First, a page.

2024 Student Leader Team Resources

Rush Servant Leader Guide

Jul 3, 2024

Rush Servant Leader Guide: Leading Peer Groups

Welcome, Servant Leadership! Your role in guiding small groups during the Rush Conference is essential in fostering a supportive and enriching environment for all participants. This guide will provide you with valuable insights and strategies to effectively lead your groups.

As we discussed in our training, the first two small group meetings are crucial in setting the culture for the group throughout the week. Therefore, before diving into the discussion questions that we will provide based on the content from each speaker, please follow the instructions below for meeting 1 and meeting 2. We want to ensure that the group environment is established effectively.

Meeting 1:

Leaders: Share your 2-minute story

o Examples of things to share:
Introduce yourself, where you go to school, interests, hobbies, etc.
Tell about your upbringing and early experiences in your faith
Share examples of how your beliefs have guided your actions, decisions, and relationships.
Share some challenges and doubts you have wrestled with
Explain how being a part of a discipleship group has enhanced your faith experience.
Share your hopes for the week.
o This fosters a culture of vulnerability between you and group members

Members: share name and favorite movie
o Members: Leaders advise them they will share 2-minute stories in Meeting 2.

Leaders: After completing the above, you may dive into the speaker discussion questions provided.

Meeting 2:

Leaders: Share Ground Rule:

o Engage, Disengage, Distract
Tell the members of your group that to have the best group time during the week; you will follow the ground rule: engage, disengage, and distract.
You can either engage in the conversation or disengage and not say anything
However, you CANNOT distract from the conversation
o This fosters a culture of respect for everyone in the group.  

Members: share 2-minute stories

Leaders: Spiritual Scale:

Ask members which number they feel best represents where they are in their faith according to this scale. Read the descriptions below and let members answer with their number only.  Don’t stop to comment on their number because this may spark conversation in future meetings.

1 = Apathetic – You don’t care

2 = Unsaved/unsure – You wouldn’t call yourself a Christian and you are uncertain of whether not God exists.

3 = Saved/ unsure – You would call yourself a Christian, but you are unsure if you died whether you would “go to heaven”

4 = Faith of their own – You are a Christian and it is not mom and dad’s faith or anyone else’s.  You are walking in a faith of your own.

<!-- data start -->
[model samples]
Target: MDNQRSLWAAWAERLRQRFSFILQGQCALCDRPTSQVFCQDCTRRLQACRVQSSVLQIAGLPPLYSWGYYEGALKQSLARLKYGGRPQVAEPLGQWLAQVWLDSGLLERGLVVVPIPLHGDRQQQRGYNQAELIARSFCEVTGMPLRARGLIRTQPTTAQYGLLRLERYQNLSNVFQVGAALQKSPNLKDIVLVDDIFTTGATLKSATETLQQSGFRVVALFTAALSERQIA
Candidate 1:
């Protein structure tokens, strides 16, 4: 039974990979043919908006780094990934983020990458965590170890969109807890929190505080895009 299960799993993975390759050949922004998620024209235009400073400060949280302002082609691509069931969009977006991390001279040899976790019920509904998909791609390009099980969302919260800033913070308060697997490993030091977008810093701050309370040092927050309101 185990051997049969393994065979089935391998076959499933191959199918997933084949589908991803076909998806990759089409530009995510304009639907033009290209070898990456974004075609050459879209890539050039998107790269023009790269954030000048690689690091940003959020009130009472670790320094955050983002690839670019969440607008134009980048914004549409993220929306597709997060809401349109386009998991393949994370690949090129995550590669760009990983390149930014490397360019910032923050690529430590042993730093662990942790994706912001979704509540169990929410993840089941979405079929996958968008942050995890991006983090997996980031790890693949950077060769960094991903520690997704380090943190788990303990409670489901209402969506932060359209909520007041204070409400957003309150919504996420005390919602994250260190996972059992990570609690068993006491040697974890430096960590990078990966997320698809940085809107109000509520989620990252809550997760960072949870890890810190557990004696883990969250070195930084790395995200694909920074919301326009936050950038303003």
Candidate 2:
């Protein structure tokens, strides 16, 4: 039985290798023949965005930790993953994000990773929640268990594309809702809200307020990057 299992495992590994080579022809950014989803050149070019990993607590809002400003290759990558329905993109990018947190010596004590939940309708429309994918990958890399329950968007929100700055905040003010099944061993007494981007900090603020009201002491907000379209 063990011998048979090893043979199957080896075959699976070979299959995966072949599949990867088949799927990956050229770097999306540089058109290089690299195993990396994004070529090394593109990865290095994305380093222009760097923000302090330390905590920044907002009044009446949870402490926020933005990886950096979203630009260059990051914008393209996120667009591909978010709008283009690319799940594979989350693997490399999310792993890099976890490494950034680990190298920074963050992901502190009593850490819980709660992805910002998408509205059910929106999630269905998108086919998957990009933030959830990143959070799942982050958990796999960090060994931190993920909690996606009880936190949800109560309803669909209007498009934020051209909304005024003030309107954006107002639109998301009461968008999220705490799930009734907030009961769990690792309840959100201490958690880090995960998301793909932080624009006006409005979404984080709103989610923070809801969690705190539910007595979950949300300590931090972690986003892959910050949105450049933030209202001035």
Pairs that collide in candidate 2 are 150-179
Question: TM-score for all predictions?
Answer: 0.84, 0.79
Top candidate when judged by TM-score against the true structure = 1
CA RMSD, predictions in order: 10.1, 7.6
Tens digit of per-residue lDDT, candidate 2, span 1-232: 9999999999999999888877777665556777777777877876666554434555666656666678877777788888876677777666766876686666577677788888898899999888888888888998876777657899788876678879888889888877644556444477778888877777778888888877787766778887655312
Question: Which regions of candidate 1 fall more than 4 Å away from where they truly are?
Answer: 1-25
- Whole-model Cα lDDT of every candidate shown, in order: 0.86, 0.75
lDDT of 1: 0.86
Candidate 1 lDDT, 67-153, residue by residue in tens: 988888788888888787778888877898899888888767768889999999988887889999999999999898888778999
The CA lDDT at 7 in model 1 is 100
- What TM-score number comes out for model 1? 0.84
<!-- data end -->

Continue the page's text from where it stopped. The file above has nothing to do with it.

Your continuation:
o This fosters a culture of vulnerability and self-reflection  

Leaders: After completing the above, you may dive into the speaker discussion questions provided.


1. Sharing Faith Stories: Encourage participants to share their faith stories as a means of building connections and fostering a deeper understanding of one another. Lead by example and be vulnerable in sharing your own story. Create a safe and non-judgmental space where everyone feels comfortable opening up. Remember to actively listen and offer words of encouragement and support.
2. Handling Distractions: During group discussions, distractions can arise. Here are some tips to address and manage them:
Set clear expectations at the beginning, emphasizing the importance of active listening and respecting others’ perspectives.
If distractions occur, gently redirect the conversation back to the main topic.
Encourage participants to take turns speaking and actively engage in the discussion.
Utilize active listening techniques, such as summarizing key points and asking follow-up questions, to keep the conversation focused.
3. Ice Breakers: Ice breakers are a great way to help participants feel comfortable and create a sense of camaraderie within the group. Consider using ice breakers that encourage self-expression, collaboration, and connection. Here are a few examples:
Two Truths and a Lie: Each participant shares two true statements and one false statement about themselves, and the group tries to guess the lie.
Human Bingo: Distribute bingo cards with different characteristics or experiences, and participants must find others who match each description to fill their card.
Group Juggle: Participants stand in a circle and toss a ball while saying someone’s name, creating a sense of shared responsibility and focus.
4. Asking Good Small Group Questions: As a peer group leader, crafting thoughtful and open-ended questions will help stimulate meaningful discussions. Consider the following principles:
Start with simple and non-threatening questions to warm up the conversation.
Encourage participants to share personal experiences and perspectives by asking questions like, “How did this topic resonate with you?” or “Can you share an example from your own life?”
Promote reflection and deeper thinking by asking follow-up questions such as, “Why do you think that is?” or “What impact did this have on your faith journey?”
Be mindful of creating an inclusive environment by inviting everyone to contribute and ensuring that all voices are heard.


Remember, your role as a peer group leader is to facilitate and guide, rather than dominate the discussion. Be present, actively listen, and create a space where everyone feels valued and respected. By embracing these principles and strategies, you’ll empower participants to engage, grow, and develop lasting connections during this conference.

Thank you for your dedication as Rush peer group leaders. Your influence will make a significant impact on the overall experience of our participants. Enjoy the journey and have an amazing conference!